The LPGA's fifth major, The Evian Championship, has been controversial at times and, at its worst, a disaster. The France event has a stunning setting, a big purse and a great party atmosphere. But in September, it must be bottling season for Evian, as the rain pours and pours on a nearly annual basis.
The weather was so bad in 2017's edition that commissioner Mike Whan felt compelled to wipe out scores on Thursday after suspending play while gale-force winds blew players off the course. The event -- again, a major -- was shortened to 54 holes and won by Anna Nordqvist in a playoff over Brittany Altomare in a borderline squall.
It was a bad look. The LPGA did its best at the time to defend the decision, but the feedback was clear: If Evian was going to remain a major, it had to move back toward the French summer where it had camped out on the schedule before becoming a major.
Whan has come around on the notion, and he's finding a way to move The Evian Championship back to a more weather-friendly date.
“We will get Evian back to a summer date, it may not be in ’18 but certainly by ’19,” said Whan on Golf Channel's "Morning Drive". “When I think about the Evian Championship, the challenges we faced are all man-made and I’m the man who made them.”
This shift implies some other moves in the schedule, including the possibility that the KPMG Women's PGA Championship could become the final major of the year in the fall instead of The Evian.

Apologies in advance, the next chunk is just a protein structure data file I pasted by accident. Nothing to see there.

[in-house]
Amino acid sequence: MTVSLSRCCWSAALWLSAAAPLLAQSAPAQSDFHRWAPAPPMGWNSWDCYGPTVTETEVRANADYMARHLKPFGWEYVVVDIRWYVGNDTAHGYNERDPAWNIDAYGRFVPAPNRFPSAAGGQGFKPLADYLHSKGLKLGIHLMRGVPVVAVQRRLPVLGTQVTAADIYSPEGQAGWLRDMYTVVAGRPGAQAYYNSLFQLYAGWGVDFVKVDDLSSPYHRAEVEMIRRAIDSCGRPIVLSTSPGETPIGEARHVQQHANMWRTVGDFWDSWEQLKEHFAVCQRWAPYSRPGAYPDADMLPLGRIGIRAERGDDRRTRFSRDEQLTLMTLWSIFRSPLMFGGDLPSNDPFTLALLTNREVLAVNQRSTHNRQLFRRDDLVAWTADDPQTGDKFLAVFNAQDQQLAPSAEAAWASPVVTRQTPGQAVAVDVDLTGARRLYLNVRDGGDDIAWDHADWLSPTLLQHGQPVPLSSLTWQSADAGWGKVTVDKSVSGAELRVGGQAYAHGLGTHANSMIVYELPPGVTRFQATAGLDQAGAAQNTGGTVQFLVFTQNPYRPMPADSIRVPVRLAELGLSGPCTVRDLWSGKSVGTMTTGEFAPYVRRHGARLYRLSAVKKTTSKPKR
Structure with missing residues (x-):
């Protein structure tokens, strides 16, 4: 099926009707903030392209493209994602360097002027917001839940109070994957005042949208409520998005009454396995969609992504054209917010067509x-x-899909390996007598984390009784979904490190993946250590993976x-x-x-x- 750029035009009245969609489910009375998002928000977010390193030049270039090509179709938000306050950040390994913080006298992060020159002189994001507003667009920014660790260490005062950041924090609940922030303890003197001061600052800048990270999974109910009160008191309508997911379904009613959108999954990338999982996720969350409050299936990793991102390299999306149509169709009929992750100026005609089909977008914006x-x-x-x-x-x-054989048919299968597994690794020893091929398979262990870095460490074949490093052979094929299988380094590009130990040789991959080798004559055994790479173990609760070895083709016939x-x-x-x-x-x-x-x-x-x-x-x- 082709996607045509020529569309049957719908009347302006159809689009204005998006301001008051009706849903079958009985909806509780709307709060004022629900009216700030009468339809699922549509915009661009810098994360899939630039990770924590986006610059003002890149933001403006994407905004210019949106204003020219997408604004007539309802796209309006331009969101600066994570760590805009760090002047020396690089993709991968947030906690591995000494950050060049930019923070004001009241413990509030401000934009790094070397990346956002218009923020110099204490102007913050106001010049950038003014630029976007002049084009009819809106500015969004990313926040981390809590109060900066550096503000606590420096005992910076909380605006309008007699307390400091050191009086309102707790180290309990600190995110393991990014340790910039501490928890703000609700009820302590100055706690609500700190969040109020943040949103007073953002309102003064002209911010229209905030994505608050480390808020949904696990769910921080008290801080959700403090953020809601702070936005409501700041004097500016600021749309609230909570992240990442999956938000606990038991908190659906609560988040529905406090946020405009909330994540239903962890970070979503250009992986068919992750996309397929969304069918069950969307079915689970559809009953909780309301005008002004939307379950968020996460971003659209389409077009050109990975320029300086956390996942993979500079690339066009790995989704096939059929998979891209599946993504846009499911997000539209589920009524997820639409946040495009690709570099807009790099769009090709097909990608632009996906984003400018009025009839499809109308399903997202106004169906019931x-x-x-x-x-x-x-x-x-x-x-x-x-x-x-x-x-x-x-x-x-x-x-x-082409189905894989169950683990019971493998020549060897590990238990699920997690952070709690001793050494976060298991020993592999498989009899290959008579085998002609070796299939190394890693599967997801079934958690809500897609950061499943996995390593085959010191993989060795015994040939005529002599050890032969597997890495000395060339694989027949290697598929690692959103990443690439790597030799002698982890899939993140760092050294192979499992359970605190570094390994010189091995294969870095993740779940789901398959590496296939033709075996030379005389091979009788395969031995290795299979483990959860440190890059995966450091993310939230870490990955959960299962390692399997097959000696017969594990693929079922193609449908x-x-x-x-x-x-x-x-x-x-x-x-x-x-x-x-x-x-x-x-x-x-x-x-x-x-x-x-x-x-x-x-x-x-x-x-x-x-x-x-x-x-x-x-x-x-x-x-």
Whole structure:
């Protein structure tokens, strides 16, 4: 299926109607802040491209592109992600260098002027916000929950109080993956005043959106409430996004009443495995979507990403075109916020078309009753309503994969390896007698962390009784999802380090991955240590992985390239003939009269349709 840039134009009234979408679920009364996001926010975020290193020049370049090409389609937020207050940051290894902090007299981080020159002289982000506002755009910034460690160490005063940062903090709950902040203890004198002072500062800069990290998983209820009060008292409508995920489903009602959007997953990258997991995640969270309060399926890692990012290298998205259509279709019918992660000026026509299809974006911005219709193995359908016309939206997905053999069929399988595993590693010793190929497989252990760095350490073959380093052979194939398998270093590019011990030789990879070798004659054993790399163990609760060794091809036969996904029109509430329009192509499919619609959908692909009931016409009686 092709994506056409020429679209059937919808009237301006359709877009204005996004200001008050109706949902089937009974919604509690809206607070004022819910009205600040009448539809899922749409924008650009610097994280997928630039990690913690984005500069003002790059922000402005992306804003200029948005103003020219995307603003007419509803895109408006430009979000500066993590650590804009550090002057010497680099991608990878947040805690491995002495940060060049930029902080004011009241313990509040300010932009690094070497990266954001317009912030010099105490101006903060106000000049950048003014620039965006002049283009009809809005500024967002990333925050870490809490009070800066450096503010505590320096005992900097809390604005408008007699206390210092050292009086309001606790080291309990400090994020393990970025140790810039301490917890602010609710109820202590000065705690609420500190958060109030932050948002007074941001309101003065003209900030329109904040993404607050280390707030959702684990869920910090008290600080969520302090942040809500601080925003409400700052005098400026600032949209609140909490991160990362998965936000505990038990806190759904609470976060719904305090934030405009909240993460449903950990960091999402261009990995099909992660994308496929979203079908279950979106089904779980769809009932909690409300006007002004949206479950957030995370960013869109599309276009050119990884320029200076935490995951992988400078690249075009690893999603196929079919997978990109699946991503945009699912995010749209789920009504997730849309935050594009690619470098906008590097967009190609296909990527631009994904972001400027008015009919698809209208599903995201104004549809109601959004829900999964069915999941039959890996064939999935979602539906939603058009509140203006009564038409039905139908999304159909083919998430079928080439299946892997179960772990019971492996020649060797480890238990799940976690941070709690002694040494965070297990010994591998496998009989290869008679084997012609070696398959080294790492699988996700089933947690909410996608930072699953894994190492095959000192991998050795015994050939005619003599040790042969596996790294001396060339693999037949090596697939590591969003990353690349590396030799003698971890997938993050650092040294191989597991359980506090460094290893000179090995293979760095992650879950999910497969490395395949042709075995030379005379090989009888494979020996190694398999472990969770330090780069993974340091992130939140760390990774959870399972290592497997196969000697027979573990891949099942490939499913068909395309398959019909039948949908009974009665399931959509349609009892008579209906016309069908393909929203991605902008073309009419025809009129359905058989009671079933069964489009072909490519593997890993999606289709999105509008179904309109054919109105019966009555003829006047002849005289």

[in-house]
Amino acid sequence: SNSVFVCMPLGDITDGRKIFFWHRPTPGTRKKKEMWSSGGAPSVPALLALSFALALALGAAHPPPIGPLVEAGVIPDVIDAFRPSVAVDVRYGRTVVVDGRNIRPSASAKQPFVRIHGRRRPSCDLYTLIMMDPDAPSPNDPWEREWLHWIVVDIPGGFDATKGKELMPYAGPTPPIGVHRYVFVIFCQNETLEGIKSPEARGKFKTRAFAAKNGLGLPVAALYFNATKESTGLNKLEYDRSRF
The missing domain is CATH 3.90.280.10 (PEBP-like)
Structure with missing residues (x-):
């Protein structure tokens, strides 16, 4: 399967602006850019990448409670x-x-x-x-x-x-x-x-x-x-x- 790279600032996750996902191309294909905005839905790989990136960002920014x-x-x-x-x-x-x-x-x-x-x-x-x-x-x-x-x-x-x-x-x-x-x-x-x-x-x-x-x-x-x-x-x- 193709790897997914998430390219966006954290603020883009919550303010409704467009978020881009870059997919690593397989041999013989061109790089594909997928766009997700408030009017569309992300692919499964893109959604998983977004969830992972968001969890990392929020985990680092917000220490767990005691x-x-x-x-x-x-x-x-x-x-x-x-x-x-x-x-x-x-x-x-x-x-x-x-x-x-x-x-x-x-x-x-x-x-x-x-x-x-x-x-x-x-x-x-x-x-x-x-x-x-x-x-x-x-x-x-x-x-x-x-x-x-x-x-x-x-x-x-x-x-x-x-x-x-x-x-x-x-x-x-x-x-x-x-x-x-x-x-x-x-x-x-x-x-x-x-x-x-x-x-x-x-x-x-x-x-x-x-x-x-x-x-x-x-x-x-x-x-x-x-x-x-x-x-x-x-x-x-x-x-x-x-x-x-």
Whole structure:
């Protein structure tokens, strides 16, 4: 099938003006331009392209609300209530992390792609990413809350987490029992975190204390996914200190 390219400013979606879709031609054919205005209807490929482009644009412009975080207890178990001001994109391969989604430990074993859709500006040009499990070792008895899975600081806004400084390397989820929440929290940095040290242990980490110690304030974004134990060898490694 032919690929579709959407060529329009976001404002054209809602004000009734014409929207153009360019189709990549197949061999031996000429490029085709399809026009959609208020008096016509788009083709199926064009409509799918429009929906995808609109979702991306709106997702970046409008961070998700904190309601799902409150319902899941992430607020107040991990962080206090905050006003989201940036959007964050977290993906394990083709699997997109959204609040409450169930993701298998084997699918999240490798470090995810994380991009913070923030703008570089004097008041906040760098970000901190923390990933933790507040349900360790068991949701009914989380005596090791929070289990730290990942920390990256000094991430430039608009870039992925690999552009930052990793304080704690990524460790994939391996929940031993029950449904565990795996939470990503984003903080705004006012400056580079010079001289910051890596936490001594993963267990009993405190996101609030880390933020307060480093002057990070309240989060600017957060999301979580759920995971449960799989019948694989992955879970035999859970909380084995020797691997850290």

Whan is also planning to move another weather-plagued event from this year. After The Evian debacle, the inaugural McKayson New Zealand Women's Open faced even more brutal weather at times, with players expressing fear for their safety as winds blew flagsticks, umbrellas and scoring infrastructure around the golf course. Belen Mozo even suggested the LPGA made player safety secondary to other issues. The event won't be played in autumn 2018 so that it can be moved to spring 2019 in aim of finding better weather.
Given the backlash over both events, Whan had little choice but to pursue a scheduling make-good. However, he went above and beyond to take ownership, as a leader should, of a problem.
“Whether or not we should have scrapped Thursday’s rounds, I’m going to grind about that probably for 10 years," he said, "but 54 [holes] was the right decision because it was going to rain there until Wednesday.”